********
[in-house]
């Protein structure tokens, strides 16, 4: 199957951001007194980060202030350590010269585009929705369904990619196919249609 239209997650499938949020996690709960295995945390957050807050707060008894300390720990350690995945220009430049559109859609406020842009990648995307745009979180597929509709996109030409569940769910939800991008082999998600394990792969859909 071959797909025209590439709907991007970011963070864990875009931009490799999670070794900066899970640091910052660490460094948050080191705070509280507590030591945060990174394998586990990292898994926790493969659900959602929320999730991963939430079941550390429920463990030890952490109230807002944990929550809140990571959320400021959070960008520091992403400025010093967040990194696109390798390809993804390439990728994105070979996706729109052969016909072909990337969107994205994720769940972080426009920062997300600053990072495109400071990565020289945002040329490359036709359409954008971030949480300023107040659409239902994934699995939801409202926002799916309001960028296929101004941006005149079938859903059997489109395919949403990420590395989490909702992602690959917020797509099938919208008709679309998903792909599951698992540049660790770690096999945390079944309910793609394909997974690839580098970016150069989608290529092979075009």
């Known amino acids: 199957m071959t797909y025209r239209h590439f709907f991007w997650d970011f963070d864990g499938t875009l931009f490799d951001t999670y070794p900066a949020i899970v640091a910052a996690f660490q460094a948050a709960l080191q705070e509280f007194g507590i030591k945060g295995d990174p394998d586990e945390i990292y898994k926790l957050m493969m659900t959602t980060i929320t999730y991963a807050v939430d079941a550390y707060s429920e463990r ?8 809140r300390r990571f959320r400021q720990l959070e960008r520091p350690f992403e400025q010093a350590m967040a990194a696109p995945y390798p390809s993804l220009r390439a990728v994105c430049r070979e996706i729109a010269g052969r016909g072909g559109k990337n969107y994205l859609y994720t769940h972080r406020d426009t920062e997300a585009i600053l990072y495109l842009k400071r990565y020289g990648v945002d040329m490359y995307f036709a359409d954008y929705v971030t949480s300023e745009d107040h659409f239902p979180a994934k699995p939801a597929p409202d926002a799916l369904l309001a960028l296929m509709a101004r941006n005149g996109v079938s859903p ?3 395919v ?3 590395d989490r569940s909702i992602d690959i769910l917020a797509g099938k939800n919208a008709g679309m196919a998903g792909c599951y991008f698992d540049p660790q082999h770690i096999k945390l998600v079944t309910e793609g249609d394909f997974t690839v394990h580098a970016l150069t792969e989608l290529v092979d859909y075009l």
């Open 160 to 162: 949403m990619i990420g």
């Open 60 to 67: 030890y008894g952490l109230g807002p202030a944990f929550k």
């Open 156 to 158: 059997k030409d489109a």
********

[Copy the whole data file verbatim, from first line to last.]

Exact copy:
[in-house]
């Protein structure tokens, strides 16, 4: 199957951001007194980060202030350590010269585009929705369904990619196919249609 239209997650499938949020996690709960295995945390957050807050707060008894300390720990350690995945220009430049559109859609406020842009990648995307745009979180597929509709996109030409569940769910939800991008082999998600394990792969859909 071959797909025209590439709907991007970011963070864990875009931009490799999670070794900066899970640091910052660490460094948050080191705070509280507590030591945060990174394998586990990292898994926790493969659900959602929320999730991963939430079941550390429920463990030890952490109230807002944990929550809140990571959320400021959070960008520091992403400025010093967040990194696109390798390809993804390439990728994105070979996706729109052969016909072909990337969107994205994720769940972080426009920062997300600053990072495109400071990565020289945002040329490359036709359409954008971030949480300023107040659409239902994934699995939801409202926002799916309001960028296929101004941006005149079938859903059997489109395919949403990420590395989490909702992602690959917020797509099938919208008709679309998903792909599951698992540049660790770690096999945390079944309910793609394909997974690839580098970016150069989608290529092979075009």
């Known amino acids: 199957m071959t797909y025209r239209h590439f709907f991007w997650d970011f963070d864990g499938t875009l931009f490799d951001t999670y070794p900066a949020i899970v640091a910052a996690f660490q460094a948050a709960l080191q705070e509280f007194g507590i030591k945060g295995d990174p394998d586990e945390i990292y898994k926790l957050m493969m659900t959602t980060i929320t999730y991963a807050v939430d079941a550390y707060s429920e463990r ?8 809140r300390r990571f959320r400021q720990l959070e960008r520091p350690f992403e400025q010093a350590m967040a990194a696109p995945y390798p390809s993804l220009r390439a990728v994105c430049r070979e996706i729109a010269g052969r016909g072909g559109k990337n969107y994205l859609y994720t769940h972080r406020d426009t920062e997300a585009i600053l990072y495109l842009k400071r990565y020289g990648v945002d040329m490359y995307f036709a359409d954008y929705v971030t949480s300023e745009d107040h659409f239902p979180a994934k699995p939801a597929p409202d926002a799916l369904l309001a960028l296929m509709a101004r941006n005149g996109v079938s859903p ?3 395919v ?3 590395d989490r569940s909702i992602d690959i769910l917020a797509g099938k939800n919208a008709g679309m196919a998903g792909c599951y991008f698992d540049p660790q082999h770690i096999k945390l998600v079944t309910e793609g249609d394909f997974t690839v394990h580098a970016l150069t792969e989608l290529v092979d859909y075009l």
């Open 160 to 162: 949403m990619i990420g």
């Open 60 to 67: 030890y008894g952490l109230g807002p202030a944990f929550k």
């Open 156 to 158: 059997k030409d489109a």